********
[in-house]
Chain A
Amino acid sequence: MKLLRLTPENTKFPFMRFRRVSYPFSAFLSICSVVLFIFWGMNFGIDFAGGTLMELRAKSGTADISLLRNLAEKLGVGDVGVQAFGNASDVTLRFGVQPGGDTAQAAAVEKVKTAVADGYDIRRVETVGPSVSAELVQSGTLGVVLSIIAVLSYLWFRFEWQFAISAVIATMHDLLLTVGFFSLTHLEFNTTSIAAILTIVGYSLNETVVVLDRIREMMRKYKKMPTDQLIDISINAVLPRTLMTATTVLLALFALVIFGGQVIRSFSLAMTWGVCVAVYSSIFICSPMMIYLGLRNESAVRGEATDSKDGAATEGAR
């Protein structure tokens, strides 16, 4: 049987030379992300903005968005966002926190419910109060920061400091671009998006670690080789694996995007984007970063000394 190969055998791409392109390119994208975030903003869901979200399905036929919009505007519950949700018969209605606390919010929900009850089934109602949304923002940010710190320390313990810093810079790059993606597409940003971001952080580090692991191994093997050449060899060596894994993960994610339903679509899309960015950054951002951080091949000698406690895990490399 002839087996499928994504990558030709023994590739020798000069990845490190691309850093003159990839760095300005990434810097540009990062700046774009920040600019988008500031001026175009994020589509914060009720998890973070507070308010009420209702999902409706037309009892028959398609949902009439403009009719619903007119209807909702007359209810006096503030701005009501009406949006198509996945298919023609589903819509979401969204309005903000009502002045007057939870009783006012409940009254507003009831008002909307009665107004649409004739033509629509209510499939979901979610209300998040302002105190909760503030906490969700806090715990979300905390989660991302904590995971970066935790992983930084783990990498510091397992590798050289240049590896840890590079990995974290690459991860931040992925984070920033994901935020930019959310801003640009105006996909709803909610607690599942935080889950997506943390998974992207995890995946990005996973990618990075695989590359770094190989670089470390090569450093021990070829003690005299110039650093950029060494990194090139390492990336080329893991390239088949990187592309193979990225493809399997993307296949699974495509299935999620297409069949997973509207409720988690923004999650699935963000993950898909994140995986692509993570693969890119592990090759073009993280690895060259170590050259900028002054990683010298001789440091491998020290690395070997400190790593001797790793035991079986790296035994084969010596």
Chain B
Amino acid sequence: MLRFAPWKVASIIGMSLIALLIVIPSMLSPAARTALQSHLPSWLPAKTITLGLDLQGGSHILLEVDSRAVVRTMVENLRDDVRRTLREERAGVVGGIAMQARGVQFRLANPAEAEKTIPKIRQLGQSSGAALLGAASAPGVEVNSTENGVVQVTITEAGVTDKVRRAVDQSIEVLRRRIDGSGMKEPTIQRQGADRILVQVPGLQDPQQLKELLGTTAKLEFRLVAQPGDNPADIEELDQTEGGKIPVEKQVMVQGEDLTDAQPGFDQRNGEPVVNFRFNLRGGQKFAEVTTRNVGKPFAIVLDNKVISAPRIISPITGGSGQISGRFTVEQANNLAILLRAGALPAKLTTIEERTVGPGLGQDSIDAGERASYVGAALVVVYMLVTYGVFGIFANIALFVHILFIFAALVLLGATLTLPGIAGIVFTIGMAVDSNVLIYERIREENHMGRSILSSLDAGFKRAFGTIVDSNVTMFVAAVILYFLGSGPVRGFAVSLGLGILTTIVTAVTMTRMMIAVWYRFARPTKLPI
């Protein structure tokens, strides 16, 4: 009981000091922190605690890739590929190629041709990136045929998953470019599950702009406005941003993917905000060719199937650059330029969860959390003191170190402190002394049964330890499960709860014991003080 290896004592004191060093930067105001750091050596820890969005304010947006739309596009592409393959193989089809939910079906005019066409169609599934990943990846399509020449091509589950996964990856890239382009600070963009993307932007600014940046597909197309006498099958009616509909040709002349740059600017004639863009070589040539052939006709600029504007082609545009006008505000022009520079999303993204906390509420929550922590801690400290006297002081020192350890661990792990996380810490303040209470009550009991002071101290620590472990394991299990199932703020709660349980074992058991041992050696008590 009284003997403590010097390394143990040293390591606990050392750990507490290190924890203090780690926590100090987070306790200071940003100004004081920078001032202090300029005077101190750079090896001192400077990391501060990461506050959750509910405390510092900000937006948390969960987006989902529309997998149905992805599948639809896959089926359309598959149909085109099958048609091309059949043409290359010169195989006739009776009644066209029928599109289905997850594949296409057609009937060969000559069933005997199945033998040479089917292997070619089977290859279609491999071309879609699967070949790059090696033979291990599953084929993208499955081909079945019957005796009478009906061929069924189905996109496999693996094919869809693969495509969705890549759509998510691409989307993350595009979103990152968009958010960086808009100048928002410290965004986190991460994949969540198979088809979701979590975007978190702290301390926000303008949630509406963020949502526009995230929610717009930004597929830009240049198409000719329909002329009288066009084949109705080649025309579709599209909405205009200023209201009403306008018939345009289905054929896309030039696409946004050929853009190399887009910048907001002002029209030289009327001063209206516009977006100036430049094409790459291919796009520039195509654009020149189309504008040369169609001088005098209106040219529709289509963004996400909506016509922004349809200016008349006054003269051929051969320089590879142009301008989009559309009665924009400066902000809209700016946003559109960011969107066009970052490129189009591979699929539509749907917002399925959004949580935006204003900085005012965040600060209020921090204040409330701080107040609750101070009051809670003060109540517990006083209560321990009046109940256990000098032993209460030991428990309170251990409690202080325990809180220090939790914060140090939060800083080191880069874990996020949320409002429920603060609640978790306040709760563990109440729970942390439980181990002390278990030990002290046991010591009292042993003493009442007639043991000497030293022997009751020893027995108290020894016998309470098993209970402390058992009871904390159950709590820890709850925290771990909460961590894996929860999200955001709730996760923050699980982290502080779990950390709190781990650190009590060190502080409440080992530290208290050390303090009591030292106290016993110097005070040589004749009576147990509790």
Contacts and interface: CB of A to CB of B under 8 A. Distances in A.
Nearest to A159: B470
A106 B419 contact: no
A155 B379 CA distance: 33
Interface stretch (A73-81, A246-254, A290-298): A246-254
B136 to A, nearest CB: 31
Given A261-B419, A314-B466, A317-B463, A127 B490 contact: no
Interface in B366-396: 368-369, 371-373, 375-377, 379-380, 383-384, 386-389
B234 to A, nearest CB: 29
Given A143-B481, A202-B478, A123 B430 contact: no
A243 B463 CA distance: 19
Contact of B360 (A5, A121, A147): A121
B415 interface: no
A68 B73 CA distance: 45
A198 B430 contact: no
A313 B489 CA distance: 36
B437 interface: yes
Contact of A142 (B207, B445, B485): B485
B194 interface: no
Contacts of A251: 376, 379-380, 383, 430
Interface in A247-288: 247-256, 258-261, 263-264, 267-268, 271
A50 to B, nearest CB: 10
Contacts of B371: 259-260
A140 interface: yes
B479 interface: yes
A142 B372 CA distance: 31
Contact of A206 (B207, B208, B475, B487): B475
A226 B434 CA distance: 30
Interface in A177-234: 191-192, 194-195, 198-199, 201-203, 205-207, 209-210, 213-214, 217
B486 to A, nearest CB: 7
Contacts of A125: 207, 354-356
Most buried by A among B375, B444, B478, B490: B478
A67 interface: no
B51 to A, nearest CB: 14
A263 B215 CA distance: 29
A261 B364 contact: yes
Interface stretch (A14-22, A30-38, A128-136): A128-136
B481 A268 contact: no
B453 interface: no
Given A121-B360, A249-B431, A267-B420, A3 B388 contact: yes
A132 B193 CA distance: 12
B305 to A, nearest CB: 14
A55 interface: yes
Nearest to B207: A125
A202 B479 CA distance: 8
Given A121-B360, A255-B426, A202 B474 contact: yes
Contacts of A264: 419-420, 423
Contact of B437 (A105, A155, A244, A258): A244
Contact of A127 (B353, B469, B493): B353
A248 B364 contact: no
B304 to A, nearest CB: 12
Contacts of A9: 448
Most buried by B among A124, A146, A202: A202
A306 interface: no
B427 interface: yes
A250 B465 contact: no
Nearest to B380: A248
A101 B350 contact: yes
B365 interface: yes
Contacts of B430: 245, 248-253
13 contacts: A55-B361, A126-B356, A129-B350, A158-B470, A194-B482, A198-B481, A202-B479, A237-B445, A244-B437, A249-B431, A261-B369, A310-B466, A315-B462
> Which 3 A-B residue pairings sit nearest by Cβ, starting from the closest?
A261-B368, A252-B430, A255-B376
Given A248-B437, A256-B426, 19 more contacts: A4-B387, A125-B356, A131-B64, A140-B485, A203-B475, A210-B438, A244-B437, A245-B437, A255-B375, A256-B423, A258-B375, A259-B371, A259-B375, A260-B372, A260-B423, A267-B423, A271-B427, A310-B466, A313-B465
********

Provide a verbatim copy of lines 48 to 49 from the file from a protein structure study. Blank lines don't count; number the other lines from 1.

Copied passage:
A132 B193 CA distance: 12
B305 to A, nearest CB: 14